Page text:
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On Tuesday, we started our day with the news that two new patients had come in overnight and both would need bone marrow aspirations that day.  It was touching to see doctors and nurses utilizing the art of distraction, using stuffed animals and singing, to try to console the children as they were prepped for their (painful) tests.  Prior to their procedures, we gave both children Mickey Mouse necklaces, and it was touching to see the smiles our gifts brought to their faces.

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Checking on newly diagnosed patient after her bone marrow aspirate.

 

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She’s a lot happier the day after.

 During the course of the week I was able to spend a good portion of each day with the children.   One little girl refused to crack a smile while John and I made our “child life” rounds.  However, after we used stickers as an ice breaker, she smiled and then like a chain reaction her mom smiled.  We spent the rest of the day playing balloon volleyball and puppets with other patients as laughter filled the hallway.  Interacting with these children truly was one of my favorite aspects of this trip.   It is amazing that while we could not understand each other’s words, smiles and laughter needed no translation.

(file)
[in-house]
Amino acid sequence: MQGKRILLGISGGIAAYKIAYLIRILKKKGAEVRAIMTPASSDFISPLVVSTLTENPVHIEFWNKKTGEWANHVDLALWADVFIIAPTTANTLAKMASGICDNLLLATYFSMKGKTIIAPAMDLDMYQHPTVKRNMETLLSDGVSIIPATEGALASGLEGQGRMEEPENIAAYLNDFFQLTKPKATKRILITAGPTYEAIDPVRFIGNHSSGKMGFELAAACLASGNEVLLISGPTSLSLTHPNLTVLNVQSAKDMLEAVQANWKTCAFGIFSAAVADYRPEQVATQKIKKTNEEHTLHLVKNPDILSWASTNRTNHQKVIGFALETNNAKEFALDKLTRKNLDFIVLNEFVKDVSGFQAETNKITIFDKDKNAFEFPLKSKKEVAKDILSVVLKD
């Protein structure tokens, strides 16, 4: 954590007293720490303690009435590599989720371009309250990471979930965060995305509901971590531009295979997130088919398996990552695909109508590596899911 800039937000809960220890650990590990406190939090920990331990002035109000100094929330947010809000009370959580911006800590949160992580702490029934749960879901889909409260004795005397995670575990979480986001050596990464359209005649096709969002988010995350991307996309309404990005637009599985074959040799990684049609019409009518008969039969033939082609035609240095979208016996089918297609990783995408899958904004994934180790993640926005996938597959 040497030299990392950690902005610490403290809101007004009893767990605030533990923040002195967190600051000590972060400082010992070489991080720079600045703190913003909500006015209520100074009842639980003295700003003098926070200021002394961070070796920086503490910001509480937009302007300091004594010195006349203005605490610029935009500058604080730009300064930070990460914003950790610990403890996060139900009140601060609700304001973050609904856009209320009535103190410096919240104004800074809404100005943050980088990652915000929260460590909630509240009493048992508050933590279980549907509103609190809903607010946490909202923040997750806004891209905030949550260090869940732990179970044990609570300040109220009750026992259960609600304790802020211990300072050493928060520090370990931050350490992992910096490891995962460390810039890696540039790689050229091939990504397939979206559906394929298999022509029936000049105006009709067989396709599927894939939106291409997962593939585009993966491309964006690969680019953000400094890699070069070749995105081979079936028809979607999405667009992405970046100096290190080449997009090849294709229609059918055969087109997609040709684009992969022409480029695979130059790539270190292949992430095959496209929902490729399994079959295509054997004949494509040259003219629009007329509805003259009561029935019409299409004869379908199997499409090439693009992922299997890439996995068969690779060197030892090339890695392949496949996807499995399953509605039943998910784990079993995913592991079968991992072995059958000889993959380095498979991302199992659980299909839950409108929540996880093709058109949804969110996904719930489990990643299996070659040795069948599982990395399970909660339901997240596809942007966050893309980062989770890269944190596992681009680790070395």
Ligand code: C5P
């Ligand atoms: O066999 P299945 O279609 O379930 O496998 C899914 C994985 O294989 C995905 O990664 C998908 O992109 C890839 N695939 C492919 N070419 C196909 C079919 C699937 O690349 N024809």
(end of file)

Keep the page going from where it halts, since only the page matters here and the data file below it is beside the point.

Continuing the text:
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Playing puppets with my new found friend.

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She loved the necklace we gave her.

  - Alex Boddie  

Our introduction to Mongolian medicine (Cindy)

Although we had been prepared for what was to come, I will have to admit that the experience at National Center for Maternal and Child Health was both eye opening and rewarding.

To start our morning we make our way through the traffic, honking horns, broken sidewalks and dusty construction.  Once we arrive, we meet the oncology team to discuss new patients and events that occurred overnight prior to making rounds.  Dr. Sandler, I think they missed you; I tried my best to fill your shoes.  Although some physicians were on vacation, we were fortunate enough to have Degi, a fairly new oncologist, and Oyunaa, a pediatric resident, as part of our medical team who were able to translate.  Rita was also there ready and able to help as well, for which we are truly grateful.

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Examining a patient with Rita.